Gender differences are also found in the perception of sensitive genital skin. In the study presented in Table 1 (metropolitan Cincinnati, Ohio area), a significantly higher proportion of women (all ethnicities combined) perceived some degree of sensitive genital skin compared to men (58.1% compared to 44.2%, p = 0.0009) (16). The gender difference seemed to be driven by the Caucasian subjects who composed the higher proportion of the test population. Among Caucasian subjects 57.0% of women perceived some degree of sensitive genital skin compared to 37.3% of men (p < 0.0001) (35). In contrast, among African-Americans there was no difference between genders regarding perceived sensitive genital skin (66.7% of women and 65.0% of men, p = 0.84) (35). There is no obvious explanation for why African-American men apparently perceive their genital skin as more sensitive compared to Caucasian men (35).
The overall prevalence of perceived sensitive skin among women was evaluated in three separate studies using the same survey instrument. A first study was conducted in a metropolitan area of the central US (Cincinnati, Ohio), and included 869 women with a mean age of 35.0 years (16, 35–37). Subjects were asked to complete a written questionnaire probing perceptions of sensitive skin. Study participants were not selected based on any criteria related to sensitive skin or hyper-reactivity to consumer products but were participating in unrelated consumer product studies. A second study was conducted in Mississippi using the same written questionnaire (19). In this study, participants were recruited from local organizations with no selection based on any dermatologic or other criteria and were from a predominantly rural environment. The study population consisted of 89 women with a mean age of 45.5 years. In these two studies, the proportions of African-American and Caucasian subjects were similar. A study using a similar protocol and a translation of the same written questionnaire was conducted in China and included 408 women with a mean age of 39 years (24).
Results from these three studies on women subjects on perceptions of sensitive skin in the genital area and sensitive skin in general are presented in Figures 3A,B, respectively. When the results from the Cincinnati and Mississippi studies were compared, the proportion of subjects who claimed some degree of genital skin sensitivity was not significantly different between the two studies (58.1 and 57.3%, respectively, p = 0.16) (19). A higher proportion of subjects from the Cincinnati study claimed their genital skin was very sensitive (9.4 and 3.4%, respectively, p = 0.05). When asked about sensitive skin in general (Figure 3B), a slightly higher proportion of subjects in the Mississippi study claimed some degree of sensitivity (77.5% compared to 69.1% from the Cincinnati study, p = 0.01) or that the genital skin was very sensitive (11.2% compared to 5.1% from the Cincinnati study, p = 0.02). The prevalence of perceived sensitive skin at the specific anatomic sites of the face and body were also slightly higher for the Mississippi study (data not shown). We have reported previously that the proportion of subjects who perceive their genital skin as sensitive increases with age (38). The Mississippi population was older than that surveyed in Ohio (mean ages of 45.5 and 35 years, respectively), so the slight but significant difference in perception of sensitive genital skin cannot be explained by an age difference.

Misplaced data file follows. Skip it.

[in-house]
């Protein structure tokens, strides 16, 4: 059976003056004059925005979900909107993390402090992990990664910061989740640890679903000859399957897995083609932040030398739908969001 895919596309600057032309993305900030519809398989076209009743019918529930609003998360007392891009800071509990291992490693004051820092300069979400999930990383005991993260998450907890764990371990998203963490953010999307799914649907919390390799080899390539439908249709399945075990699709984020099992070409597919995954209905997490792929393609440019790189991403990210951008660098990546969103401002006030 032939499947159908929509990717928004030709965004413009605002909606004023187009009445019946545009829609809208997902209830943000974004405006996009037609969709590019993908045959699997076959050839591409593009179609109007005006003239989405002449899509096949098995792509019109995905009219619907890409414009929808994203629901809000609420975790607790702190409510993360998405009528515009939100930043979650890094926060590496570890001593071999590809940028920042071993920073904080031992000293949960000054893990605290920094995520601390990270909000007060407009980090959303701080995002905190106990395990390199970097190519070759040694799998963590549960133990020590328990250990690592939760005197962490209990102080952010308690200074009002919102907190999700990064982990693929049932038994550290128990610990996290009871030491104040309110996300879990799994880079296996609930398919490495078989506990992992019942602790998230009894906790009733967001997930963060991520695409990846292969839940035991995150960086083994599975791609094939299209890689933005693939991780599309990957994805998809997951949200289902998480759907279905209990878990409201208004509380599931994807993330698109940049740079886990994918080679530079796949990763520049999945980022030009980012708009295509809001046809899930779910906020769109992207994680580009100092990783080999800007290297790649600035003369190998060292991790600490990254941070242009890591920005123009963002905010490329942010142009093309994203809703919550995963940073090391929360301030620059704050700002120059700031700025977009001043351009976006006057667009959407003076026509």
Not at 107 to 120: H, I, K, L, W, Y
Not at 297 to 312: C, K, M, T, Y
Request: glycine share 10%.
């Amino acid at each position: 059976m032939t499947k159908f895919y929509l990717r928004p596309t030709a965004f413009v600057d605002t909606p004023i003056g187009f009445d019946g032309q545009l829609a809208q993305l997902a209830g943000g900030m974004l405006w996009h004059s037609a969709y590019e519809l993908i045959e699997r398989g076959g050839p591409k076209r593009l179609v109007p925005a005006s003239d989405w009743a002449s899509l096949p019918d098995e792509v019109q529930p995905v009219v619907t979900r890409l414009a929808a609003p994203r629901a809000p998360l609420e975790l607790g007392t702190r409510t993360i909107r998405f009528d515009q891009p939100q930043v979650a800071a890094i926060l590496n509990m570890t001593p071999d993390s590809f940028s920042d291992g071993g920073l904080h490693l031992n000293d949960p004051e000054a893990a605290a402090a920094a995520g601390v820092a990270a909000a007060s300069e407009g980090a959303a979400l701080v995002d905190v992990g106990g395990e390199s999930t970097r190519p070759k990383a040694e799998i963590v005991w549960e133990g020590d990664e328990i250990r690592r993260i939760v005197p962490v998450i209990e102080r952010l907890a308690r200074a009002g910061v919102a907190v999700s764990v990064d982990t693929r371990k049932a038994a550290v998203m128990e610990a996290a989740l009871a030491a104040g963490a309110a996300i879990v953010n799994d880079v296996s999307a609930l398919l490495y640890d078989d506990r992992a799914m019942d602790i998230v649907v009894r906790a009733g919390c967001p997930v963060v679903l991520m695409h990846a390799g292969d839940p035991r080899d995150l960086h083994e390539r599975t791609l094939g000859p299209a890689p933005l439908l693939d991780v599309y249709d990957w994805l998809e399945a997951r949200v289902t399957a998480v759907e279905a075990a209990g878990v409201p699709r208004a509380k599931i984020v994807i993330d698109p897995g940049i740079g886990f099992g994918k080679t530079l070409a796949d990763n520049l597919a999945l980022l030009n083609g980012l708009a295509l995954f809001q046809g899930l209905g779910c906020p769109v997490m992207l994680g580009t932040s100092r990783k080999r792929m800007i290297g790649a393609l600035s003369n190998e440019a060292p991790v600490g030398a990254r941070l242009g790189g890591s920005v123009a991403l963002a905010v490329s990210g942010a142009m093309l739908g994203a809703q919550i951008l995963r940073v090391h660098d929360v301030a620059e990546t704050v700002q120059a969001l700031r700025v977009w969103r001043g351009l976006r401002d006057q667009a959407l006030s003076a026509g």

Figure 3. Prevalence of perceived sensitive skin among women. Subjects in three different geographies (urban Ohio, rural Mississippi, and China) were asked to complete the sensitive skin questionnaire described for Figure 2. Results from the Cincinnati and Mississippi studies were compared using a Chi-square analysis. (A) Sensitive genital skin, (B) sensitive skin in general. [Data adapted from Farage (16) and Farage et al. (19, 24)].
In the study conducted in China (24), the proportion of women who claimed sensitive genital skin was much lower than in both studies in the US at only 6% (Figure 3A). For sensitive skin in general, the prevalence was 23% (Figure 3B). These results are consistent with the observations Xu et al. who reported a lower prevalence of perceived sensitive skin in China compared to Europe and the US (23).
In two other studies conducted in Asia the prevalence of sensitive skin was found to be more consistent with western cultures. Kamide et al. conducted a survey of the general population in Japan. Among the 1,500 of responders, “very” or “rather” sensitive skin was claimed by 54.5% of the entire group (56% of the women and 52.8% of the men) (20). In a study conducted in Korea by Kim et al. among a nationwide sample of 1,000 Koreans, “sensitive” of “very sensitive” facial skin was claimed by 56.8% of the responders (59.2% of women and 54.4% of men) (21).
The Cincinnati and Mississippi studies provide an opportunity to compare different geographic locations within the same country, and to compare a metropolitan vs. rural environment. Neither of these factors appeared to be related to the prevalence of the perception of sensitive genital skin. The two geographic regions have differing climates. Mississippi experiences mild winters, but long summers characterized by high temperatures and high levels of humidity. Cincinnati, Ohio, has mild summers but cold winters. However, when asked about perceived environmental conditions that trigger skin reactions, there were no differences between the two regions with regards to those conditions relevant to sensitive genital skin.